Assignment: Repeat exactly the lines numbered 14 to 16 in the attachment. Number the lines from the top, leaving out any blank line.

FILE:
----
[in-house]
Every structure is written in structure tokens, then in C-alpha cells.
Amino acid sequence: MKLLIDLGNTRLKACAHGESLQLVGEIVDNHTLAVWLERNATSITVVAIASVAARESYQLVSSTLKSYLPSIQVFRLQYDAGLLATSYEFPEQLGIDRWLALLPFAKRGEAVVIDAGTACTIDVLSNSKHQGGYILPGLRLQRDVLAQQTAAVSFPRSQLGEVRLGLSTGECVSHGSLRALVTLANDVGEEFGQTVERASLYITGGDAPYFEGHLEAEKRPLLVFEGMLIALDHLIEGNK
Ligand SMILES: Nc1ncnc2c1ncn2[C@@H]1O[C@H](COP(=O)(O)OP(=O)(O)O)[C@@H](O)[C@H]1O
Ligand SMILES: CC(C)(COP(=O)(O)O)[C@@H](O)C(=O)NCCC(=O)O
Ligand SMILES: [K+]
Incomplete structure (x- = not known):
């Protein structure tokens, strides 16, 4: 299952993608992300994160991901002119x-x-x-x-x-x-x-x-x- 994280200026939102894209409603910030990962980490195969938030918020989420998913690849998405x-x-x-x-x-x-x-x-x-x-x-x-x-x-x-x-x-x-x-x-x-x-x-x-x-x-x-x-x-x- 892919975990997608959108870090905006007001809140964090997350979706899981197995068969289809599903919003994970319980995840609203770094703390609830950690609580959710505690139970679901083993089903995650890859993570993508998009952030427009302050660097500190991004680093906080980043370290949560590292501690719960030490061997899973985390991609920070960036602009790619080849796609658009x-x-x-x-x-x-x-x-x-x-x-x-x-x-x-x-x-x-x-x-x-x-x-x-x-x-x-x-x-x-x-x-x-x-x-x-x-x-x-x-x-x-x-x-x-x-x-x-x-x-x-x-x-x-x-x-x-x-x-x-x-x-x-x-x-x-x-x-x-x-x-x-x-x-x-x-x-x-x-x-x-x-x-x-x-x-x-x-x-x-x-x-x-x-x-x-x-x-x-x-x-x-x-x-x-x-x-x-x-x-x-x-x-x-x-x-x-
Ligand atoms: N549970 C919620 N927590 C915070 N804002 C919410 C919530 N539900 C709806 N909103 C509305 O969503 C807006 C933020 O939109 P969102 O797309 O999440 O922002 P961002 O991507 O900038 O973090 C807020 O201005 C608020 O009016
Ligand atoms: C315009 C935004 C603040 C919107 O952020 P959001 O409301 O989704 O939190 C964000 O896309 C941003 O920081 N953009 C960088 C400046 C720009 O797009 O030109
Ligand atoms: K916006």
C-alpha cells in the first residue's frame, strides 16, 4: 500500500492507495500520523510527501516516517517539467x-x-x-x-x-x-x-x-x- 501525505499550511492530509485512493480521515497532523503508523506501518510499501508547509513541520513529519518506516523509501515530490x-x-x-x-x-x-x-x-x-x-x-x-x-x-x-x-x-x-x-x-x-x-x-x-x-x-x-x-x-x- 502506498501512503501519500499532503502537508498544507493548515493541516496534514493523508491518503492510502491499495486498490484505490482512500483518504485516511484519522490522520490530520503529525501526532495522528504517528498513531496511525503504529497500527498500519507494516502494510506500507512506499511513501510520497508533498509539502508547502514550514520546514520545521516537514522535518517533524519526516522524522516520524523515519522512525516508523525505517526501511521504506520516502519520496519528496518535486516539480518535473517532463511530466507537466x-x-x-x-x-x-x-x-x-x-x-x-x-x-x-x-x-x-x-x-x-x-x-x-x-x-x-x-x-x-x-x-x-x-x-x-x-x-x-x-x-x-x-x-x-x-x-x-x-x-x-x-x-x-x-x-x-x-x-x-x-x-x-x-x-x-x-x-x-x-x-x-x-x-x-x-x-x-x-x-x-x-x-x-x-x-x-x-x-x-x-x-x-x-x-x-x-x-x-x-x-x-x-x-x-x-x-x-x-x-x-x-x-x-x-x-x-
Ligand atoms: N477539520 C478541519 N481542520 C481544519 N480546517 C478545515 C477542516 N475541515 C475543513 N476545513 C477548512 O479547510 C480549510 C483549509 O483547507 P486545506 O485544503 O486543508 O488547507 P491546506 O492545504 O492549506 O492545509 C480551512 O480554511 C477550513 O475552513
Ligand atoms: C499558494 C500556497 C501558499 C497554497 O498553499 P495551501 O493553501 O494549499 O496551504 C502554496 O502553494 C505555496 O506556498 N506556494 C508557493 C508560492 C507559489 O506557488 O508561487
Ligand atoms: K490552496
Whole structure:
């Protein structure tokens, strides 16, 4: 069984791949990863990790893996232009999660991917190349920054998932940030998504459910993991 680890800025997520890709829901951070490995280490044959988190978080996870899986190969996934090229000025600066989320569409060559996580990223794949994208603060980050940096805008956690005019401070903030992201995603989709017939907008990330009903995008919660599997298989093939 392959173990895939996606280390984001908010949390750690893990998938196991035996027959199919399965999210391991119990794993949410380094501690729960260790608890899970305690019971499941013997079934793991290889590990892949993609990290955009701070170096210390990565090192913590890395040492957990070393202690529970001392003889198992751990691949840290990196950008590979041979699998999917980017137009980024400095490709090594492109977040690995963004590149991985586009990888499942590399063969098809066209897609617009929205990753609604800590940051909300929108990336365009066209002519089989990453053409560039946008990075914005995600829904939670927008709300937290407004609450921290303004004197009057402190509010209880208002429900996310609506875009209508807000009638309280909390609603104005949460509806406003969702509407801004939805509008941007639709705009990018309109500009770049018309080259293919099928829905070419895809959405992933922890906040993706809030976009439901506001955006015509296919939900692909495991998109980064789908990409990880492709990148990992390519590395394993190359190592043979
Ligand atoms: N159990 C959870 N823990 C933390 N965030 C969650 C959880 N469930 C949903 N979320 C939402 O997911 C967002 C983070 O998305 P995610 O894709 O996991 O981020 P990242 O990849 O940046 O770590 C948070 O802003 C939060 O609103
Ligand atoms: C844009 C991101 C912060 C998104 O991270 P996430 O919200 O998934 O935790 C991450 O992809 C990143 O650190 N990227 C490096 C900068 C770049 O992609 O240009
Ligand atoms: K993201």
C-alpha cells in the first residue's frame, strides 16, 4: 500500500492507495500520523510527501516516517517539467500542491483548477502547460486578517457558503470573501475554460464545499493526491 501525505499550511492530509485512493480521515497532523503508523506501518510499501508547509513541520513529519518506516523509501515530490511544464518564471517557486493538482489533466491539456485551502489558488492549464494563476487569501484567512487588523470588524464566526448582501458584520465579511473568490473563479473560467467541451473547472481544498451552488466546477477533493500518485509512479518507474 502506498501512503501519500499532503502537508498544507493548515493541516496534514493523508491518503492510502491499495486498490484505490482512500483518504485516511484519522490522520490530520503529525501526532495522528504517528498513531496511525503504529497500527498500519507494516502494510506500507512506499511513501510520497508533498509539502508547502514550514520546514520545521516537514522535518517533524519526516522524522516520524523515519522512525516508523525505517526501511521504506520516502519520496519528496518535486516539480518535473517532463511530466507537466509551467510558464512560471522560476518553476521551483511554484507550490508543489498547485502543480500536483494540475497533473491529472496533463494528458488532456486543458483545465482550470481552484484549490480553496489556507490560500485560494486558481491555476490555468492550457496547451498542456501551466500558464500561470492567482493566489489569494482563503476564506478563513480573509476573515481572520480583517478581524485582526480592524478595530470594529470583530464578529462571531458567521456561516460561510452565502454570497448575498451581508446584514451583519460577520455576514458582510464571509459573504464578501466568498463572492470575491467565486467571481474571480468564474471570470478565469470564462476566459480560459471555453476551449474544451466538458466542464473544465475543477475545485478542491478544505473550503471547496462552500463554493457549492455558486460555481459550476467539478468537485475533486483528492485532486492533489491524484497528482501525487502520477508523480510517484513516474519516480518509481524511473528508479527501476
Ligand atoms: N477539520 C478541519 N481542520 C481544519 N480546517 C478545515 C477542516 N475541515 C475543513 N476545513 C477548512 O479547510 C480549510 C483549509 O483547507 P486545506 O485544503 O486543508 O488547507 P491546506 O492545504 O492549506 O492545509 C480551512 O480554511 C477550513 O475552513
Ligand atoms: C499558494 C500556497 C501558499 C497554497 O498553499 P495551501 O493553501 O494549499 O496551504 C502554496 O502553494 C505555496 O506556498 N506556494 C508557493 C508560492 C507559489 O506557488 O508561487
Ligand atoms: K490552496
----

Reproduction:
Ligand atoms: C499558494 C500556497 C501558499 C497554497 O498553499 P495551501 O493553501 O494549499 O496551504 C502554496 O502553494 C505555496 O506556498 N506556494 C508557493 C508560492 C507559489 O506557488 O508561487
Ligand atoms: K490552496
Whole structure: